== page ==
Bokeh experts will notice the “cat’s eye” effect on the bokeh images. Although some call it a flaw, others love how it looks; there are mixed opinions about it. For us, it was okay; at times, we loved it, and at times we didn’t. However, another thing to note is that the bokeh tends to swirl at times.

two bees snapped using Fujifilm lens

The lens covers both foreground and background bokeh effects. However, the quality of your images depends on the foreground and background distance, focus distance, and the subject being rendered out of focus. In this case, it’s challenging to render a green leaf with the blue sky in the background. Nevertheless, nothing is impossible.

Important Feature #3: Optical Image Stabilization

It’s a feature we see in the latest and greatest smartphones, but the Fujifilm 50-140mm lens brought it first, and we are glad they did. The optical image stabilization greatly improved our photography – especially in low light conditions.

We held the camera steady 1/4s at 50mm when the subject wasn’t moving. At the 140mm end, we could steady the lens for about 1/20s; we are sure some of you can hold for longer. However, if it weren’t for the optical image stabilizer, our pictures wouldn’t be as crisp. In addition, OIS is a great feature for low light photography with high ISO levels.

Pros and Cons

As with all of our reviews, we like to paint a fair picture for our readers. Since nobody is perfect, the Fujifilm 50-140mm lens is no exception. It has its plus points and small pitfalls and we believe looking at both sides of the picture will help you decide whether this lens is what you are looking for.

Pros

  • The internals are very strong and durable
  • The lens produces excellent images with sharpness on point
  • Excellent bokeh if it matters to you
  • Weather sealed body

Cons

  • The triple collar stand s a little bit wobbly
  • The sharpness drops a bit from the center but nothing serious
  • The bokeh tends to swirl at times
image of birds using the Fujifilm 50-140mm lens

How Do You Use the FujiFilm 50-140mm F/2.8 Lens?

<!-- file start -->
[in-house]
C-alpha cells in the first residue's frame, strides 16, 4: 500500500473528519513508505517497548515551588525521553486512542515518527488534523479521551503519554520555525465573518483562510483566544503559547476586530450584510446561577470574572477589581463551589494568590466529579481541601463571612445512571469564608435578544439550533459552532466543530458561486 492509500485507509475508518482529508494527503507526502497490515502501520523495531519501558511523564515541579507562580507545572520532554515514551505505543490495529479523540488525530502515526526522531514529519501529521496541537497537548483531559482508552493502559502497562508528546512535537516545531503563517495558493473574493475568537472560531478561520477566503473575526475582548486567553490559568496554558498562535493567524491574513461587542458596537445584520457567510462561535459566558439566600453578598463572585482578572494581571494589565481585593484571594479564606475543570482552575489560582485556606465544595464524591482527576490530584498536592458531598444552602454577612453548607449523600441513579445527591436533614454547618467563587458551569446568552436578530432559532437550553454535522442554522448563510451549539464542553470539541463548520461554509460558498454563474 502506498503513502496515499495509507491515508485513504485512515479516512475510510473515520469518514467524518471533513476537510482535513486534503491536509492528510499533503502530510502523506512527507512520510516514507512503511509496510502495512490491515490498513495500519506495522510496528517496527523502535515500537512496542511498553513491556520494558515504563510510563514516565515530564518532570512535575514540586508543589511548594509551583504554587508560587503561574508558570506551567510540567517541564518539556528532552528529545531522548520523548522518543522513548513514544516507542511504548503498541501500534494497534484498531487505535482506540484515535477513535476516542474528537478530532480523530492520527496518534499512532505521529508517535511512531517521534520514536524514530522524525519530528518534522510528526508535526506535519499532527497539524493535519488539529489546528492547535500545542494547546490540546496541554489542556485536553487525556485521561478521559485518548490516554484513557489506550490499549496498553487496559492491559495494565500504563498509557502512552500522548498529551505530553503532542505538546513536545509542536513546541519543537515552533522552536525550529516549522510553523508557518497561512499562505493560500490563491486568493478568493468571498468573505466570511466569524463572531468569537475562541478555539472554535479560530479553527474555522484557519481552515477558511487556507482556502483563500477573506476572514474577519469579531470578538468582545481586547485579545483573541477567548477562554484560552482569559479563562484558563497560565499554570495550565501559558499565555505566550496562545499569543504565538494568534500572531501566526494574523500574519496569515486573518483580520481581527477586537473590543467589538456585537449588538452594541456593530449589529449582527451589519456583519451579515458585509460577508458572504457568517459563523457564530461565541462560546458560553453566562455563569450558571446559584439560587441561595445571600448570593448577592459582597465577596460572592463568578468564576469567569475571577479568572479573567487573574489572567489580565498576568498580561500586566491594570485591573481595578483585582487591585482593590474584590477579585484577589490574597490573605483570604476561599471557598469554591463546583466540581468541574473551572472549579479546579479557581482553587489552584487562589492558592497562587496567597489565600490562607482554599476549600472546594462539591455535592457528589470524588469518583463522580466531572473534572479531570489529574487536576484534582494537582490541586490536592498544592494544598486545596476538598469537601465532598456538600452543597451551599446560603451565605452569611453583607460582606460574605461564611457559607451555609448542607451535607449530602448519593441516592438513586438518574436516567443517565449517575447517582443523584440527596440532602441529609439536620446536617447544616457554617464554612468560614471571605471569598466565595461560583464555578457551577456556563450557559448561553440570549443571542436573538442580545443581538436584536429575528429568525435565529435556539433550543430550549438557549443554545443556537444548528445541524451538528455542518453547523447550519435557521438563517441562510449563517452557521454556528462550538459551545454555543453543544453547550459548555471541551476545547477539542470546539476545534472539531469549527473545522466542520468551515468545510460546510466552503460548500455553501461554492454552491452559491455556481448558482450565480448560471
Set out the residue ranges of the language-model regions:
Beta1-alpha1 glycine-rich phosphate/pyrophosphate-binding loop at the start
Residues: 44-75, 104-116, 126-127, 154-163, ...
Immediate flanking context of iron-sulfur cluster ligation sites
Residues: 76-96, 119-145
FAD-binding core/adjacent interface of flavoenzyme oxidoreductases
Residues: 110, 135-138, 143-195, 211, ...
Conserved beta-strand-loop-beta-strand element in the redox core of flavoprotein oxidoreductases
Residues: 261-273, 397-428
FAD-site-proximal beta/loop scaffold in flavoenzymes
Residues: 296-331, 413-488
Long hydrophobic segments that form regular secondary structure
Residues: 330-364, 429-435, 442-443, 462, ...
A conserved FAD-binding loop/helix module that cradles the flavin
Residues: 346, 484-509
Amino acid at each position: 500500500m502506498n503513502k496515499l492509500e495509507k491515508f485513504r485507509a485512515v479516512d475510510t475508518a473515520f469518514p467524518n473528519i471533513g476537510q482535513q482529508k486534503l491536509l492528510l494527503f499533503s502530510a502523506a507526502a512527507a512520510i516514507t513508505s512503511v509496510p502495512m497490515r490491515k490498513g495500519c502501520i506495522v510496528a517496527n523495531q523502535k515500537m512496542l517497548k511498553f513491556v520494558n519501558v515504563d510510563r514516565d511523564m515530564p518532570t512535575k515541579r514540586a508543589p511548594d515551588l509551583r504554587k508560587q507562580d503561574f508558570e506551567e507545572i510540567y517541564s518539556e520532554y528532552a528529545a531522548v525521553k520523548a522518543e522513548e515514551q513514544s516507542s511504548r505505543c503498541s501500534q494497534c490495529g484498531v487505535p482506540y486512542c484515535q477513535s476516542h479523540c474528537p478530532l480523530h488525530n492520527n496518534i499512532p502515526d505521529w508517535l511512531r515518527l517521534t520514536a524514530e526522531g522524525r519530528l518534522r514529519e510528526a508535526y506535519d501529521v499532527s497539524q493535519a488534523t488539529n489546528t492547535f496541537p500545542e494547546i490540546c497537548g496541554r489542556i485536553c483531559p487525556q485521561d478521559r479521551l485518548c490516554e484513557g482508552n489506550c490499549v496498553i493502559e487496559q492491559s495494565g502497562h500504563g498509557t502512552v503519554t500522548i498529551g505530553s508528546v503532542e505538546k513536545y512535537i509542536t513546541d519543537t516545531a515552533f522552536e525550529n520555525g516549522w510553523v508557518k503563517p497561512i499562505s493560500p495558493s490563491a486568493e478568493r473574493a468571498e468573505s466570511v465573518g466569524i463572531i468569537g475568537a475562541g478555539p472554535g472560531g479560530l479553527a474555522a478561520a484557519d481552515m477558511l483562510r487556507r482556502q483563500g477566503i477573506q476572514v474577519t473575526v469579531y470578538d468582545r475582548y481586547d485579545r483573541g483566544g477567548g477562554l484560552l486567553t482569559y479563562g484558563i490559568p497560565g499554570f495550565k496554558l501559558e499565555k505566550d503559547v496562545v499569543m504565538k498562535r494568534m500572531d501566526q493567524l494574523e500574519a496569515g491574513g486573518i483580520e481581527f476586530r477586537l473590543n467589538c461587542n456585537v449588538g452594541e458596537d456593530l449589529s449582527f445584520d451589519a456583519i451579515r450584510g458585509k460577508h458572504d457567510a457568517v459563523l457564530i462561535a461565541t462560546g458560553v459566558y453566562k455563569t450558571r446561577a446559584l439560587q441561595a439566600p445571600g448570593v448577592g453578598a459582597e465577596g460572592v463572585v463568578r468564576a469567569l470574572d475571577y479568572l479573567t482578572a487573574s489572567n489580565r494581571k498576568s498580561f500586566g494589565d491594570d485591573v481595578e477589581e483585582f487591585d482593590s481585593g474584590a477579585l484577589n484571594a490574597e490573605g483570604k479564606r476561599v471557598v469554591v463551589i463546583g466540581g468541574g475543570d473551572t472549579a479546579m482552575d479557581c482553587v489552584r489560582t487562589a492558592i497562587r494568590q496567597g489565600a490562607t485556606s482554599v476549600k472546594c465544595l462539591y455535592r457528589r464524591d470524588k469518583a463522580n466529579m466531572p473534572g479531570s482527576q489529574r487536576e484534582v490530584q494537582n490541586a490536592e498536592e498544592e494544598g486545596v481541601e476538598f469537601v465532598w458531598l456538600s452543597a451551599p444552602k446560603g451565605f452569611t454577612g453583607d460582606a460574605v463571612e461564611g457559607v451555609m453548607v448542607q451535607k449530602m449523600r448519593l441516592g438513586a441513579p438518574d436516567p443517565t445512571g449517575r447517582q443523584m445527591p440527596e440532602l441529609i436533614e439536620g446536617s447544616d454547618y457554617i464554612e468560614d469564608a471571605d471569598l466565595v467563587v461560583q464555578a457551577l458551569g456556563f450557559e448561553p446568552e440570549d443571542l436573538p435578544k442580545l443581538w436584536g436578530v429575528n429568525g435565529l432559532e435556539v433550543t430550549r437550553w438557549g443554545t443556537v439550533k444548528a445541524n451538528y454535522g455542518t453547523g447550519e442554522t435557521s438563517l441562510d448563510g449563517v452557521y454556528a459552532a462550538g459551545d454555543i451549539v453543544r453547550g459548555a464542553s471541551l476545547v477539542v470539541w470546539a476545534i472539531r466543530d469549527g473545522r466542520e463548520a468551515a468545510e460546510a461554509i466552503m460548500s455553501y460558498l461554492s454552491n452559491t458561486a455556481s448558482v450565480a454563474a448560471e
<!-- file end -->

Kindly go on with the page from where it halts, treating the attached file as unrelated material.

If you are using the lens for the first time, we’d recommend using it on autofocus mode and don’t mess around too soon. Take pictures with the auto setting and don’t change the lens filter. This will give you an idea of what you are working with.

Slowly change the aperture to see how it impacts the image quality. Although the features, buttons, and configuration of the Fuji 50mm-140mm might be similar to other models, the end result is often different. This is because some lenses don’t absorb enough sunlight which reaches the sensor, regardless of their aperture or ISO setting.

Once you get the hang of it, you can mess around and experiment with it. You should immediately test the sharpness of the lens by changing zoom and aperture. Don’t change the ISO; set it to automatic for best results.

What Do the Reviews Say?

We have scoured the internet to find out what users have to say about this expensive but worth it lens that makes an XT1 look like a dwarf. A significant portion of Fujifilm 50-140mm lens users are satisfied with their purchase. The product has an exhausting list of 5-star reviews. Most buyers compare this lens with the Canon 70-200 Canon lens. Others call it better than 70-200.

While we didn’t face any problems with the zoom, we did see that the sharpness quality dropped from the edges. Moreover, customers who left the 3 and 4-star reviews were using the lens for sports photography with moving subjects, and that’s where the lens failed.

How Does the Fujifilm 50-140mm f/2.8 Lens Compare?

Several online reviews and customer feedbacks have compared this lens with Canon 7-200 f2.8. Fuji fans have preferred the 501-40mm lens over Canon because of its 40% lightweight and better image quality.

Fujifilm 50-140mm Lens vs Fijifilm 55-200mm Lens